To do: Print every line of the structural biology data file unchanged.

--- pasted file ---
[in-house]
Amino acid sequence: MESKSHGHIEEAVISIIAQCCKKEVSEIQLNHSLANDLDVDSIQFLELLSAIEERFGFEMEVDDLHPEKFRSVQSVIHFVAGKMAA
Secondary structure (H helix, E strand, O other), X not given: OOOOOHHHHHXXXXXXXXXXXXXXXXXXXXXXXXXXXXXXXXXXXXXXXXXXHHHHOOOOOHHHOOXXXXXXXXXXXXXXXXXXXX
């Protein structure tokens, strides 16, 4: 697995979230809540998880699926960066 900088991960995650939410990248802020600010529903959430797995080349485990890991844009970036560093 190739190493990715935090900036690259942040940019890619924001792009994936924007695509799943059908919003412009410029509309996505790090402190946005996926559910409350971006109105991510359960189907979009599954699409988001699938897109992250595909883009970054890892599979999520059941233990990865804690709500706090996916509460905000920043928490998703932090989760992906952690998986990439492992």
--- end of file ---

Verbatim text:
[in-house]
Amino acid sequence: MESKSHGHIEEAVISIIAQCCKKEVSEIQLNHSLANDLDVDSIQFLELLSAIEERFGFEMEVDDLHPEKFRSVQSVIHFVAGKMAA
Secondary structure (H helix, E strand, O other), X not given: OOOOOHHHHHXXXXXXXXXXXXXXXXXXXXXXXXXXXXXXXXXXXXXXXXXXHHHHOOOOOHHHOOXXXXXXXXXXXXXXXXXXXX
């Protein structure tokens, strides 16, 4: 697995979230809540998880699926960066 900088991960995650939410990248802020600010529903959430797995080349485990890991844009970036560093 190739190493990715935090900036690259942040940019890619924001792009994936924007695509799943059908919003412009410029509309996505790090402190946005996926559910409350971006109105991510359960189907979009599954699409988001699938897109992250595909883009970054890892599979999520059941233990990865804690709500706090996916509460905000920043928490998703932090989760992906952690998986990439492992």